It may just look like a bright star under a galaxy, but this simple image captures a powerful moment in time that is instantly recognisable by astronomers like Brad Tucker.
Dr Tucker studies supernovae — massive explosions that light up our universe — using the Australian National University's Mount Stromlo Observatory.
And that bright star below the galaxy is one of the most iconic images of a supernova ever taken.
"I love this photo of supernova 1994D," he says.
"You see a galaxy and just this 'bright star'. But then you realise that 'bright star' is 50 million light years away."
Not long after the dinosaurs vanished off the Earth, the star at the bottom of this image reached a critical mass (known as the Chandrasekhar limit) and exploded in a ball of powerful energy.
"This is the implementation of E=MC2 right there."
Fifty million years later the explosion on the outskirts of an old dusty spiral galaxy, NGC 4526, was captured by the Hubble Space Telescope.
"You would never see this with your eyes, it's so bright, yet so faint and far away, which I think is the elegance to it."
Supernovae are fleeting events lasting just weeks or, at best, a couple of months.
"So when we look back at [this galaxy] we can't see traces of that supernova. That star has completely gone."
"If we never saw that explosion, we would never have known that star system existed. And we would never have known that entire solar system just died."
The beauty of supernovae
Although the supernova looks like it is sitting by itself outside the galaxy, there are likely to be stars all around it that are too faint to see.
"Galaxies are 3D bodies. but we see them as 2D images so we kind of miss the depth in the field."
But that, said Dr Tucker, is the beauty of a supernova.
"When the entire thing explodes it goes ... from something that you don't even know exists to being so bright that it is brighter than almost the whole galaxy."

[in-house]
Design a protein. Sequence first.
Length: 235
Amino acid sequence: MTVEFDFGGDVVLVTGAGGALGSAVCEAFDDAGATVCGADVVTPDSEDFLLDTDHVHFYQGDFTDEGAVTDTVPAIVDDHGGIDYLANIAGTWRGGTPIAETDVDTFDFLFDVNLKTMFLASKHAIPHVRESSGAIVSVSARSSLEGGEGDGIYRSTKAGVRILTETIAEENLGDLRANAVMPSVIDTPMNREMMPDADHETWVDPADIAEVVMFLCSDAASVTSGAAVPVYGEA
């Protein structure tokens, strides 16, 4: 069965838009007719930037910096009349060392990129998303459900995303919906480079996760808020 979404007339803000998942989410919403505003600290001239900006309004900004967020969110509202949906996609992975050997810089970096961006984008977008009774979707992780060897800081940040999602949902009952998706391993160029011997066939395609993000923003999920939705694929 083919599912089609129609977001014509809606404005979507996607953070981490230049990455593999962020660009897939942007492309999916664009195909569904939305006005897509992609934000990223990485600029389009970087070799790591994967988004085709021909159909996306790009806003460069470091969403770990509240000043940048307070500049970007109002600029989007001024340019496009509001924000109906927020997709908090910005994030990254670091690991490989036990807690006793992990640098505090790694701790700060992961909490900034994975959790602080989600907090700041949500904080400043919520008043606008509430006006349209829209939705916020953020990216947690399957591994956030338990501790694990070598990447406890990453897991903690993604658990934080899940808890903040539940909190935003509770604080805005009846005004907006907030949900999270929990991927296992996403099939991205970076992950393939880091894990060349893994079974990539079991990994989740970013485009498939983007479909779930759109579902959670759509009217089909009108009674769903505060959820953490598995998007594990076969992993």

Supernova 1994D was snapped in early March 1994 in the constellation of Virgo.
Back then, the Hubble Space Telescope had just become functional and the study of supernovae was relatively young.
"These days a supernova with the name 'D' happens somewhere on January 1."
"It just goes to show how many of these things are out there, and yet back in the day, only 26 years ago it took a lot of effort to find this one."
Supernovae like this, known as type1a supernovae, play an important role in estimating the rate of expansion of the universe.
Astronomers calculate the distance between objects by measuring the brightness of the explosion.
Supernova 1994D was part of a small set of supernovae used to prove the universe was not only expanding, but the rate of expansion was accelerating, which led to the Nobel Prize-winning discovery of dark energy.
"Historically, it is part of research that proved 70 per cent of the universe was there that we didn't know of."
More astronomers' favourite images
This is part of a series asking astronomers to explain their favourite pictures of space. Here are some more: